December 2002
Volume 43, Issue 13
ARVO Annual Meeting Abstract  |   December 2002
Promoting Corneal Allograft Survival Through Oxidative Macrophage Induction
Author Affiliations & Notes
  • J Yamada
    Ophthalmology Kyoto 2nd Red Cross Hospital Kyoto Japan
  • K Maruyama
    Ophthalmology Kyoto Prefectural University of Medicine Kyoto Japan
  • Y Sano
    Ophthalmology Kyoto Prefectural University of Medicine Kyoto Japan
  • S Kinoshita
    Ophthalmology Kyoto Prefectural University of Medicine Kyoto Japan
  • Y Murata
    Ajinomoto Basic Research Institute Kanagawa Japan
  • J Hamuro
    Ajinomoto Basic Research Institute Kanagawa Japan
  • Footnotes
    Commercial Relationships   J. Yamada, None; K. Maruyama, None; Y. Sano, None; S. Kinoshita, None; Y. Murata, Ajinomoto Basic Research Institute F; J. Hamuro, Ajinomoto Basic Research Institute F. Grant Identification: none
Investigative Ophthalmology & Visual Science December 2002, Vol.43, 2270. doi:
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    • Get Citation

      J Yamada, K Maruyama, Y Sano, S Kinoshita, Y Murata, J Hamuro; Promoting Corneal Allograft Survival Through Oxidative Macrophage Induction . Invest. Ophthalmol. Vis. Sci. 2002;43(13):2270.

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      © ARVO (1962-2015); The Authors (2016-present)

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Abstract: : Purpose: On the basis of functional distinction and intracellular content of glutathione, macrophages are categorized into reductive macrophages (RMp) and oxidative macrophages (OMp). The balance between the two types is known to regulate Th1/Th2 balance through the cytokine production differential. Since Th2 bias promotes corneal allograft survival, we examined the fate of corneal allografts in mice subject to the influence of OMp, which can lead Th2 type differentiation. Methods: Either 200 µg of OMp inducer (N,N'-diacetyl-L-cystine dimethylester ((NACOMe)2)) or saline alone (control) was injected intraperitoneally into BALB/c (H-2d) recipients on days 0, 4 and 7 prior to penetrating keratoplasty. C57BL/10 (H-2b, MHC and minor H disparate) or B10.D2 (H-2d, MHC-matched) corneal grafts were placed on neovascularized recipient graft beds and assessed clinically. B10.D2 grafted recipients were evaluated for donor-specific delayed-type hypersensitivity (DTH) and their splenocytes were examined for donor-specific cytokine production (IFN-γ, IL-4, IL-10) in vitro at 1 and 2 weeks postoperatively. In other experiments, 20 million splenocytes from (NACOMe)2-treated recipients that had clear B10.D2 allografts for 2 weeks were adoptively transferred to naive BALB/c mice; B10.D2 corneal grafts were then placed in the neovascularized eyes of these BALB/c mice. Results: 66.7 % of B10.D2 grafts survived indefinitely in (NACOMe)2-treated mice (n = 15), whereas none survived in the control mice (0%, n = 10, p < 0.0001). However, (NACOMe)2-treatment did not enhance C57BL/10 graft survival in comparison with control (n = 10 each). At two weeks after B10.D2 grafting, the control mice acquired donor-specific DTH, their splenocytes showing Th1 type response in vitro. However, (NACOMe)2-treated mice did not acquire DH (p < 0.01); their splenocytes showed various types of response, such as Th1 (n = 2), Th0 (n = 3), and Th2-like (n = 1). Moreover, adoptive transfer of splenocytes from (NACOMe)2-treated mice did not promote corneal allograft survival. Conclusion: OMp induction promotes minor H only incompatible, but not total disparate, corneal graft survival, which promotion may depend on suppression of innate immunity and abolition of indirect pathway allorecognition.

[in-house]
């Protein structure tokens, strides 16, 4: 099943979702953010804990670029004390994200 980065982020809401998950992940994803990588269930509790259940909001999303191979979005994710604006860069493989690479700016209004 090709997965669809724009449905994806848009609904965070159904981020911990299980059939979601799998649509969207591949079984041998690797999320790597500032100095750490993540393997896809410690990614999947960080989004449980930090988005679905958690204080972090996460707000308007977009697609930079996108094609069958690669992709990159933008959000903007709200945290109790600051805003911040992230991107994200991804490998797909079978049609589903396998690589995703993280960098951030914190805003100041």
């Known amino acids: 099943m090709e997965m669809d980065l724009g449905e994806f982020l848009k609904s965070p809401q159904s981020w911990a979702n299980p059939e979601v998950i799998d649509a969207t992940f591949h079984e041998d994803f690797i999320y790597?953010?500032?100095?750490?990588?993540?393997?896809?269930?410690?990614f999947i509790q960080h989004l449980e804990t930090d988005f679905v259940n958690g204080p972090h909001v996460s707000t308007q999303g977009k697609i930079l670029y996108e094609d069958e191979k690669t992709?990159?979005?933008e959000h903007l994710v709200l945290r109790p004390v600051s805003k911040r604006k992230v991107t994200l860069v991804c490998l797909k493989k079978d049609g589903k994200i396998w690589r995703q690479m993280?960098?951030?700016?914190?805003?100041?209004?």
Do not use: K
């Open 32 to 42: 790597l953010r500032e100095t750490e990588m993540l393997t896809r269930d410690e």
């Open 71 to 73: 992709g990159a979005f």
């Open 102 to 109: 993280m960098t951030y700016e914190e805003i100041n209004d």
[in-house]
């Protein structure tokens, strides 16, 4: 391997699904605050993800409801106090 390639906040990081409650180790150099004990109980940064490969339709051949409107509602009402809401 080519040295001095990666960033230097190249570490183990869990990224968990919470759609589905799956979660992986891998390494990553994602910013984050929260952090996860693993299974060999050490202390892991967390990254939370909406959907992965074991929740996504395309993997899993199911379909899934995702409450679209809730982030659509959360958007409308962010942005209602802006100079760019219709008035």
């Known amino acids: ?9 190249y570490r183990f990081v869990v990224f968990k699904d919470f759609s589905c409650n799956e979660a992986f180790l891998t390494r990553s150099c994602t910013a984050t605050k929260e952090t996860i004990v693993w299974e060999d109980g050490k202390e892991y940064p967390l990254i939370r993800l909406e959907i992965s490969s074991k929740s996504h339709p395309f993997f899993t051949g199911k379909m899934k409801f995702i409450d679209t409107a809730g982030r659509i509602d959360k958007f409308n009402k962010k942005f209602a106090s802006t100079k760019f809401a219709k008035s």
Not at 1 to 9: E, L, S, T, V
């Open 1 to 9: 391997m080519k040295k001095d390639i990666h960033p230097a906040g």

Keywords: 607 transplantation • 435 immunomodulation/immunoregulation • 380 cytokines/chemokines 

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